Dickson joined the Mail in 1990 and covered a variety of sports, most notably cricket, before dedicating himself to tennis in 2007. The paper described Dickson as “Mr Wimbledon” as it reported his sudden passing in Melbourne.
The news was announced by Dickson’s family on his social media feed on Wednesday, 10 days before his 60th birthday. His wife, Lucy, tweeted: “We are devastated to announce that our wonderful husband and Dad, Mike, has collapsed and died while in Melbourne for the Aus Open. For 38 years he lived his dream covering sport all over the world. He was a truly great man and we will miss him terribly. Lucy, Sam, Ruby and Joe.”
Tributes were paid from across sport and beyond. Speaking on Eurosport, an emotional Tim Henman said: “It’s incredibly sad he passed away in Melbourne. He was a great friend of the tennis community. Our thoughts go out to his family.”
British tennis player Liam Broady tweeted: “Don’t know what to say. A strong, good and fair man. Cared about me when I was at my lowest ebb. Rest well Mike.”
And the former player Laura Robson wrote: “Truly devastating news. Can’t believe it. All my thoughts with Mike’s family.”
Piers Morgan, a former Mail columnist and editor, tweeted in reply to the Dickson family: “So sorry to hear this. Mike was a terrific journalist. RIP.”
The Mail’s chief sports writer, Oliver Holt, wrote: “I am so sorry for your loss. Mike was a great man. He was also a wonderful, valued colleague, brilliant, funny, laconic company and a hugely talented journalist who was admired by everyone who worked with him and read his work. x.”
The Mail’s global publisher of sport, Lee Clayton, said: “Dicko was everything you want a correspondent to be - a brilliant news hound, a terrific writer and a friend to so many in his sport. The world of tennis will join us in mourning. He was a giant of a journalist.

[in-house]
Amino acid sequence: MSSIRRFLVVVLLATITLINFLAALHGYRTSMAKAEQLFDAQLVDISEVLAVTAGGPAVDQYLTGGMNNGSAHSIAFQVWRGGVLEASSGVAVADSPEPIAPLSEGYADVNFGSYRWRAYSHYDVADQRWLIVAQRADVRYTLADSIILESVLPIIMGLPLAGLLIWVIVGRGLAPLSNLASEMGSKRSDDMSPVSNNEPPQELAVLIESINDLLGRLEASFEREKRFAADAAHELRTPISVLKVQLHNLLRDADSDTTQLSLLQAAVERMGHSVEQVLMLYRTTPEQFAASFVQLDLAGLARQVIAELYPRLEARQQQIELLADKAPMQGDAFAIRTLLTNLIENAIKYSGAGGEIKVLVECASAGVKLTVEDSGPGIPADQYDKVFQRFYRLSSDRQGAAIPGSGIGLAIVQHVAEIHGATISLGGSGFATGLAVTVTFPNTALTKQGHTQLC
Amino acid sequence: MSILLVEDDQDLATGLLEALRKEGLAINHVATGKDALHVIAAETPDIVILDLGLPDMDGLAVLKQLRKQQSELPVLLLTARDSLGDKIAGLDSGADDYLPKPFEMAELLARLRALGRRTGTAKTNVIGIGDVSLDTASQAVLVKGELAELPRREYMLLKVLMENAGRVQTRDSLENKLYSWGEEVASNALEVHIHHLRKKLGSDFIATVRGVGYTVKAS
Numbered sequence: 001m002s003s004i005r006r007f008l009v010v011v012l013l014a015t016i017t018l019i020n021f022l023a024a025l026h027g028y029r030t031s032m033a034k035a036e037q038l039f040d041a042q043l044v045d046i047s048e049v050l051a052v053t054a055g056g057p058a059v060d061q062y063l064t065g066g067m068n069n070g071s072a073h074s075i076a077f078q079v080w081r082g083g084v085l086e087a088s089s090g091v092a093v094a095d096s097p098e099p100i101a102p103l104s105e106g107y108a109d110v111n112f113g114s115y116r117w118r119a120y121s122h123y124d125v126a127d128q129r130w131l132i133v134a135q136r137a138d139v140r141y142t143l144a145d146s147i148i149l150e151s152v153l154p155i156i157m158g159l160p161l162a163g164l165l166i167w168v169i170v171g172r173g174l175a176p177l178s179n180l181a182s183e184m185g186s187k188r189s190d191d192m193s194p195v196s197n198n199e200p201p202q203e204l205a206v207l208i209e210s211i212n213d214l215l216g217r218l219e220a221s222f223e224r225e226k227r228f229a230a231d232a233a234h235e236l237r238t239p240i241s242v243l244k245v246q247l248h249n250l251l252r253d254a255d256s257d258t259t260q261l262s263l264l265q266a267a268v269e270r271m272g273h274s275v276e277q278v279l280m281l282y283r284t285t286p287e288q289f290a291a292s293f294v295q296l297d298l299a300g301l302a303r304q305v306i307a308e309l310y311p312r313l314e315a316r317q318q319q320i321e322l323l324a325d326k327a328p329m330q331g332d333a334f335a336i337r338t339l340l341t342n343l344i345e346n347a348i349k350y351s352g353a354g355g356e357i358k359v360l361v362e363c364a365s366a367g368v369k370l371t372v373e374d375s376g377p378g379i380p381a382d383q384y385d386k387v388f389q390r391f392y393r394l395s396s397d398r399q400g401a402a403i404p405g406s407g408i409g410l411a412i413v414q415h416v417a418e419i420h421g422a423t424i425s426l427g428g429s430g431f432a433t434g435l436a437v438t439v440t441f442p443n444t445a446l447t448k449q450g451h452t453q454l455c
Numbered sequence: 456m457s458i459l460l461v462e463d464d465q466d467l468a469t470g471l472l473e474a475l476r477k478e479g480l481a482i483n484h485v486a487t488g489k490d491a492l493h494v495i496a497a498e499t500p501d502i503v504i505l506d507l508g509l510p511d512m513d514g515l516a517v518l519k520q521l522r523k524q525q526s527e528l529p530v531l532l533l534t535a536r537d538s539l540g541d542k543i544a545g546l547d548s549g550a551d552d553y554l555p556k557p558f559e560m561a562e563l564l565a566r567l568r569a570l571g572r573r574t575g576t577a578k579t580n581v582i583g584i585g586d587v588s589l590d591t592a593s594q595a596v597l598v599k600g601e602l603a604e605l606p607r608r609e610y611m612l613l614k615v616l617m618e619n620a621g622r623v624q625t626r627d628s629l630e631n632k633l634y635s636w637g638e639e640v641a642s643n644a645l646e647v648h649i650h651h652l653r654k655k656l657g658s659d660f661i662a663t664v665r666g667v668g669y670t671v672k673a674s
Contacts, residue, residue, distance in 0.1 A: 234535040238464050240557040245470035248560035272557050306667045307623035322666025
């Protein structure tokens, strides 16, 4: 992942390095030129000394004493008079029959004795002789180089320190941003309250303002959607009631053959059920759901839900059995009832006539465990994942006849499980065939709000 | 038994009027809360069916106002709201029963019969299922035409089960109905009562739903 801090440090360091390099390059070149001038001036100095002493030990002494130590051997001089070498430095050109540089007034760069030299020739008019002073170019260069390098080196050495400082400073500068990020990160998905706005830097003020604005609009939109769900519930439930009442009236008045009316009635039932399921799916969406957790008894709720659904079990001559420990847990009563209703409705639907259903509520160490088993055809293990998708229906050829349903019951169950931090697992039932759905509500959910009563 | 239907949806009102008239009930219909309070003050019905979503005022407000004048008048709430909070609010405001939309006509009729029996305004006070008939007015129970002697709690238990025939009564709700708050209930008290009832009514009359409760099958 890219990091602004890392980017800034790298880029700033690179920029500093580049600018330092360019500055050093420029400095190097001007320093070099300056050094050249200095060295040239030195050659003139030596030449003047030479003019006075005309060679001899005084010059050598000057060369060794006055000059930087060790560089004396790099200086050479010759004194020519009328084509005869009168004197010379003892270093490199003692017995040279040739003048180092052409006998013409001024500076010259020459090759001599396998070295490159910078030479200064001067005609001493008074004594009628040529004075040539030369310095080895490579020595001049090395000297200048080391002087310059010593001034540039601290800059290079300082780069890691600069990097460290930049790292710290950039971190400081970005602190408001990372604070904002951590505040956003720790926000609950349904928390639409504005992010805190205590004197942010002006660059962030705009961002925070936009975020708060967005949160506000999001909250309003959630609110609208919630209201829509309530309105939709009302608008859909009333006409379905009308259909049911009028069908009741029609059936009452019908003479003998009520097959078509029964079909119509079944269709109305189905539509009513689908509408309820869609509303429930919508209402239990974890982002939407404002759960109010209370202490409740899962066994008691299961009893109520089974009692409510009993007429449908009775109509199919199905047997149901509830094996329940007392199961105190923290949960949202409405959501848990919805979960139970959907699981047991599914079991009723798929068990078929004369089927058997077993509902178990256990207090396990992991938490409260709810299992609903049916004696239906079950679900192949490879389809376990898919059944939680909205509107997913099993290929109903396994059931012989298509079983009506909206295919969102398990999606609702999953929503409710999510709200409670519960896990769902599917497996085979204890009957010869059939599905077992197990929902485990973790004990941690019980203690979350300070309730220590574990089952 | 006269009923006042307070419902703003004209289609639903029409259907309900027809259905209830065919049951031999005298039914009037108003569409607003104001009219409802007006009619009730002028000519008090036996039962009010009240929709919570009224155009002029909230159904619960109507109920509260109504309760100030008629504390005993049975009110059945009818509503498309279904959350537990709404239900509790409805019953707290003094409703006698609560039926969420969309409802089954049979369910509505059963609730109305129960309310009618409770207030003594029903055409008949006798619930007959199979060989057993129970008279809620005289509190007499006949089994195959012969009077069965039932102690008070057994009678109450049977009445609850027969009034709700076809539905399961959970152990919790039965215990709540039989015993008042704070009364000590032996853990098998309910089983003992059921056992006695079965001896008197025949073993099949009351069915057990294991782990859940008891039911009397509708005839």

“It will be an impossibly difficult time for us all as we digest this huge loss. Dicko was a magnificent tennis correspondent, but he would also turn his hand to any sport, especially cricket, golf and football, and support colleagues across our team in any challenge, always in such a generous manner. He was just a brilliant bloke, a class act. It was a privilege to work alongside him and to know him.”
Tennis writers who had been working alongside Dickson in Melbourne this week expressed their shock and hailed a “brilliant reporter” and “tremendous friend”.
“Crushing news,” wrote the Daily Telegraph’s Simon Briggs. “Dicko was the doyen. More importantly, a very special human being. We will all miss him terribly.”
An extremely sad day in Melbourne. Those of us here are in complete shock. Mike was a tremendous colleague and friend on the road. The tennis press room will never quite be the same again. https://t.co/fdQSDgPBVw
— Stuart Fraser (@stu_fraser) January 17, 2024
Mike was a brilliant, diligent journalist and a lot of fun to be around. I genuinely can’t believe it. So sorry for his family. Shocking news https://t.co/V4Hvm6UDYL
— Simon Cambers (@scambers73) January 17, 2024
Devastating and a huge shock for everyone. Dicko has been at the heart of tennis journalism for decades. A great reporter and we will all miss him greatly. Thoughts and love with his family https://t.co/fdFykYsJru
— Eleanor Crooks (@EleanorcrooksPA) January 17, 2024
The SJA sends its deepest sympathies to the family and friends of Mike Dickson. He was much loved and respected in the industry, spending 33 years with @MailSport, including spells as cricket correspondent and then tennis. Mike will be greatly missed.https://t.co/zRgahkwjQX https://t.co/KnRmWKRF1m
— Sports Journalists (@SportSJA) January 17, 2024
Dickson was a Tranmere Rovers supporter and the Wirral club posted: “The thoughts of everyone at Tranmere Rovers Football Club are with Mike’s wife and family at this extremely sad time. RIP Mike.”
The Cricket Writers’ Club said in a statement: “We are deeply shocked and saddened to learn of the sudden passing of Mike Dickson while in Australia covering the tennis for the Mail. He was 59. Dicko was a brilliant journalist, on cricket, tennis and much more besides, and a great man who will be dearly missed by so many.”
Dickson wrote the story of Emma Raducanu’s astonishing US Open win in his book Emma Raducanu: When Tennis Came Home. His final piece for the Mail was on Raducanu’s resurgence in Melbourne this week.